Fate and Transport of Heavy Metals in the Subsurface: Effects of Polymer-Surfactant Aggregates

EPA Grant Number: R826188
Title: Fate and Transport of Heavy Metals in the Subsurface: Effects of Polymer-Surfactant Aggregates
Investigators: Dentel, Steven K. , Cha, Daniel K. , Huang, C. P.
Institution: University of Delaware
EPA Project Officer: Lasat, Mitch
Project Period: September 1, 1997 through August 31, 2000
Project Amount: $295,582
RFA: Exploratory Research - Environmental Chemistry (1997) RFA Text |  Recipients Lists
Research Category: Water , Land and Waste Management , Air , Engineering and Environmental Chemistry

Description:

Concentrations and loadings of heavy metals are key criteria in recently implemented regulations concerning biosolids application to land. Although it has been assumed that biosolids offer a medium that enhances the ability of a soil to immobilize metals, the interactions of biosolids with soils are complex, and the mechanisms that may be responsible for the ability of biosolids to immobilize metals are poorly understood. We hypothesize that polymer-surfactant aggregates (PSAs) are a unique ingredient in biosolids that enhances immobilization of heavy metals. In biosolids, PSAs are formed by combination of the surfactants present in biosolids--due to the high concentrations of anionic soaps and detergents in waste- water--with the cationic polymers used to chemically condition the biosolids prior to dewatering. The primary objective of the proposed research is therefore to examine the metal binding effects of polymer-surfactant combinations added to soils, particularly in comparison to soils with neither, or with one, of the two additives.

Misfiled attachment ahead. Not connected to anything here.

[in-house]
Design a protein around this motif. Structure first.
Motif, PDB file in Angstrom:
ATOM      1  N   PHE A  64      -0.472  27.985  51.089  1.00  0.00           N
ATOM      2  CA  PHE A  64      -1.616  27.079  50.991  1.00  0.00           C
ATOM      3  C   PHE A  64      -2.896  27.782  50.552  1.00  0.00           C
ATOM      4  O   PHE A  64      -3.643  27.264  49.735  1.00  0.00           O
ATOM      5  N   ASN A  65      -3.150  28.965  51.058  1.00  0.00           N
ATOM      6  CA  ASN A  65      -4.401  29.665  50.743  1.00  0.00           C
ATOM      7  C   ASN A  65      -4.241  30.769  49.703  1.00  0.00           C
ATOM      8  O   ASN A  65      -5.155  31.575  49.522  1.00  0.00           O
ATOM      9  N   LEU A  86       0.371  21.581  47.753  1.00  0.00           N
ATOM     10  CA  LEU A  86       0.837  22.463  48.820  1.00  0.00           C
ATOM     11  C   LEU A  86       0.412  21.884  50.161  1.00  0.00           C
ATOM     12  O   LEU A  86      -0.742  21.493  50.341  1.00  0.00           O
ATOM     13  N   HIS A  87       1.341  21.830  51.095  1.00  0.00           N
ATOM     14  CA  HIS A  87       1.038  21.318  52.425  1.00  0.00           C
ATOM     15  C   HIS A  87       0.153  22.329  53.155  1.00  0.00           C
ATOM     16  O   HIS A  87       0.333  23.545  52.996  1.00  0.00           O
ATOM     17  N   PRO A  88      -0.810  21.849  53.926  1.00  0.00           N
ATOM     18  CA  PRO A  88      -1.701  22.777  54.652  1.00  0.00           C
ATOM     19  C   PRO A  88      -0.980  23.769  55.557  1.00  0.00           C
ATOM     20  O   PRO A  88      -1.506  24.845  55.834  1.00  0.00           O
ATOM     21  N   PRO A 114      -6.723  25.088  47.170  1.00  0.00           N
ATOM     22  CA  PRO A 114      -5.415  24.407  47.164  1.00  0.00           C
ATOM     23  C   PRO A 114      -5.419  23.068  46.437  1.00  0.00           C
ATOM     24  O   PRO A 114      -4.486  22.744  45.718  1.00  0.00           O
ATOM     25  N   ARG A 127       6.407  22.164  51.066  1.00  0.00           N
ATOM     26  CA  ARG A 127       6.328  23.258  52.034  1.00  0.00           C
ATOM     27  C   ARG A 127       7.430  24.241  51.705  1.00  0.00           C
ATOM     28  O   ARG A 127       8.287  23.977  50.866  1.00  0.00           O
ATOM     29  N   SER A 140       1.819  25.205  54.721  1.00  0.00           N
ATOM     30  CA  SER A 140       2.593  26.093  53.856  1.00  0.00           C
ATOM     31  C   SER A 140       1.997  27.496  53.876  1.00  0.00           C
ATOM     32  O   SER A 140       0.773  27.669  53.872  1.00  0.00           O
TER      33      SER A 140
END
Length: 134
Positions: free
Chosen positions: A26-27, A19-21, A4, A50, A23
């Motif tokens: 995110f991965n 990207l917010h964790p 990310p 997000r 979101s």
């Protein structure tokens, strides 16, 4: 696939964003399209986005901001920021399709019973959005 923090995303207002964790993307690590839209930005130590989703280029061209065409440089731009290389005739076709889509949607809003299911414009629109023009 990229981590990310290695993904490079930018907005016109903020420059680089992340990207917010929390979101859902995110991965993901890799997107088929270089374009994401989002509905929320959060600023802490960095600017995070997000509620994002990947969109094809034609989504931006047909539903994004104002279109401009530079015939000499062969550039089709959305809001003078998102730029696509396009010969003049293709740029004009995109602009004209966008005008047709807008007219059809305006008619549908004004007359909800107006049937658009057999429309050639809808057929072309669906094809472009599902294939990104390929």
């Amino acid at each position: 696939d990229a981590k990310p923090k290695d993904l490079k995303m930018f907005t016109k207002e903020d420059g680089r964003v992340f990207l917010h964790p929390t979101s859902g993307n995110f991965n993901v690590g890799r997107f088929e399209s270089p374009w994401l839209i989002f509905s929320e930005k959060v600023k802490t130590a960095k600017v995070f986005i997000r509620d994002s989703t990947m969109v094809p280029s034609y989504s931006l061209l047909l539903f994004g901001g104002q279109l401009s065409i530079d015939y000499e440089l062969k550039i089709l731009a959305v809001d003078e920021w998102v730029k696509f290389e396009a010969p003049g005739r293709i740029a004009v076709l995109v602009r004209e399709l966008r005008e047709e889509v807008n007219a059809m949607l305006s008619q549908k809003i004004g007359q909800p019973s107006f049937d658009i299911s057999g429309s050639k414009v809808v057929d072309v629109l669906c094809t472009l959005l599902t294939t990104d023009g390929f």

Approach:

Many variables will play a role for a particular biosolids or soil, such as the presence or absence of a clay, the percent and relative hydrophobicity of soil organic matter, and the ionic makeup of soil water. With regard to surfactants and polymers, the relative charge concentrations present, the specific chemical structures involved, and any factors that alter the critical micelle concentration and critical aggregation concentration will also be determinants of the ultimate fate of heavy metals in such an environment. Two types of biosurfactant will also be used to explore their role in PSAs.

Expected Results:

PSAs may play a governing role in metal retention where biosolids have been land-applied. In identifying the important variables and mechanisms, a more realistic, long-term assessment of the mobility of heavy metals may become possible. Improved practices for biosolids application, or for land use thereafter, may accrue from project results.

Publications and Presentations:

Publications have been submitted on this project: View all 6 publications for this project

Supplemental Keywords:

heavy metals, polymers, surfactants, soil, sludge, biosolids, groundwater, environmental chemistry, Scientific Discipline, Air, Waste, Ecosystem Protection/Environmental Exposure & Risk, Hydrology, Ecology, Environmental Chemistry, Chemistry, Fate & Transport, Engineering, Chemistry, & Physics, fate and transport, wastewater treatment, soil , cationic polymers, subsurface, biosolid surfactants, metal binding, polymer surfactant aggregates, anionic soaps, sludge, clay

Progress and Final Reports:

  • 1998 Progress Report
  • 1999 Progress Report
  • Final Report